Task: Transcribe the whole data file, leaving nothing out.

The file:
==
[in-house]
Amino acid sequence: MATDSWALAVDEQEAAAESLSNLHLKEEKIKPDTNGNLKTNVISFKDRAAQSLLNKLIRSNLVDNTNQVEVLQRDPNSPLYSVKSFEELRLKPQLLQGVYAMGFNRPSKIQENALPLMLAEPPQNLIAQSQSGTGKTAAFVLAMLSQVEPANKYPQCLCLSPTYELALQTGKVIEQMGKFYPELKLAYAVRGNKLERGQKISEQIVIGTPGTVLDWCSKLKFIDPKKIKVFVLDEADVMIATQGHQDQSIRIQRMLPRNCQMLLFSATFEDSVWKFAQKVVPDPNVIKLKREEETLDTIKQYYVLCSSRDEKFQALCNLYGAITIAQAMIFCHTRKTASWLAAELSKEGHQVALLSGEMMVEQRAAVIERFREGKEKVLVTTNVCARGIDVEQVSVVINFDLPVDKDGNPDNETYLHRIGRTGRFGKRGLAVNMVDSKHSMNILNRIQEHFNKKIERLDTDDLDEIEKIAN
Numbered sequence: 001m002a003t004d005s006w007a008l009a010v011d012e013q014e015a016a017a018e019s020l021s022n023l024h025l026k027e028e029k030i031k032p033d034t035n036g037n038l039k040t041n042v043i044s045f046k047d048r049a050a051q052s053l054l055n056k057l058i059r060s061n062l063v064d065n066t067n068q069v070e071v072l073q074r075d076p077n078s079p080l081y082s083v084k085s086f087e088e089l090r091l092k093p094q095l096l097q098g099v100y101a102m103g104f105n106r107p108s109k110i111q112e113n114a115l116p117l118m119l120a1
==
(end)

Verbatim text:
[in-house]
Amino acid sequence: MATDSWALAVDEQEAAAESLSNLHLKEEKIKPDTNGNLKTNVISFKDRAAQSLLNKLIRSNLVDNTNQVEVLQRDPNSPLYSVKSFEELRLKPQLLQGVYAMGFNRPSKIQENALPLMLAEPPQNLIAQSQSGTGKTAAFVLAMLSQVEPANKYPQCLCLSPTYELALQTGKVIEQMGKFYPELKLAYAVRGNKLERGQKISEQIVIGTPGTVLDWCSKLKFIDPKKIKVFVLDEADVMIATQGHQDQSIRIQRMLPRNCQMLLFSATFEDSVWKFAQKVVPDPNVIKLKREEETLDTIKQYYVLCSSRDEKFQALCNLYGAITIAQAMIFCHTRKTASWLAAELSKEGHQVALLSGEMMVEQRAAVIERFREGKEKVLVTTNVCARGIDVEQVSVVINFDLPVDKDGNPDNETYLHRIGRTGRFGKRGLAVNMVDSKHSMNILNRIQEHFNKKIERLDTDDLDEIEKIAN
Numbered sequence: 001m002a003t004d005s006w007a008l009a010v011d012e013q014e015a016a017a018e019s020l021s022n023l024h025l026k027e028e029k030i031k032p033d034t035n036g037n038l039k040t041n042v043i044s045f046k047d048r049a050a051q052s053l054l055n056k057l058i059r060s061n062l063v064d065n066t067n068q069v070e071v072l073q074r075d076p077n078s079p080l081y082s083v084k085s086f087e088e089l090r091l092k093p094q095l096l097q098g099v100y101a102m103g104f105n106r107p108s109k110i111q112e113n114a115l116p117l118m119l120a1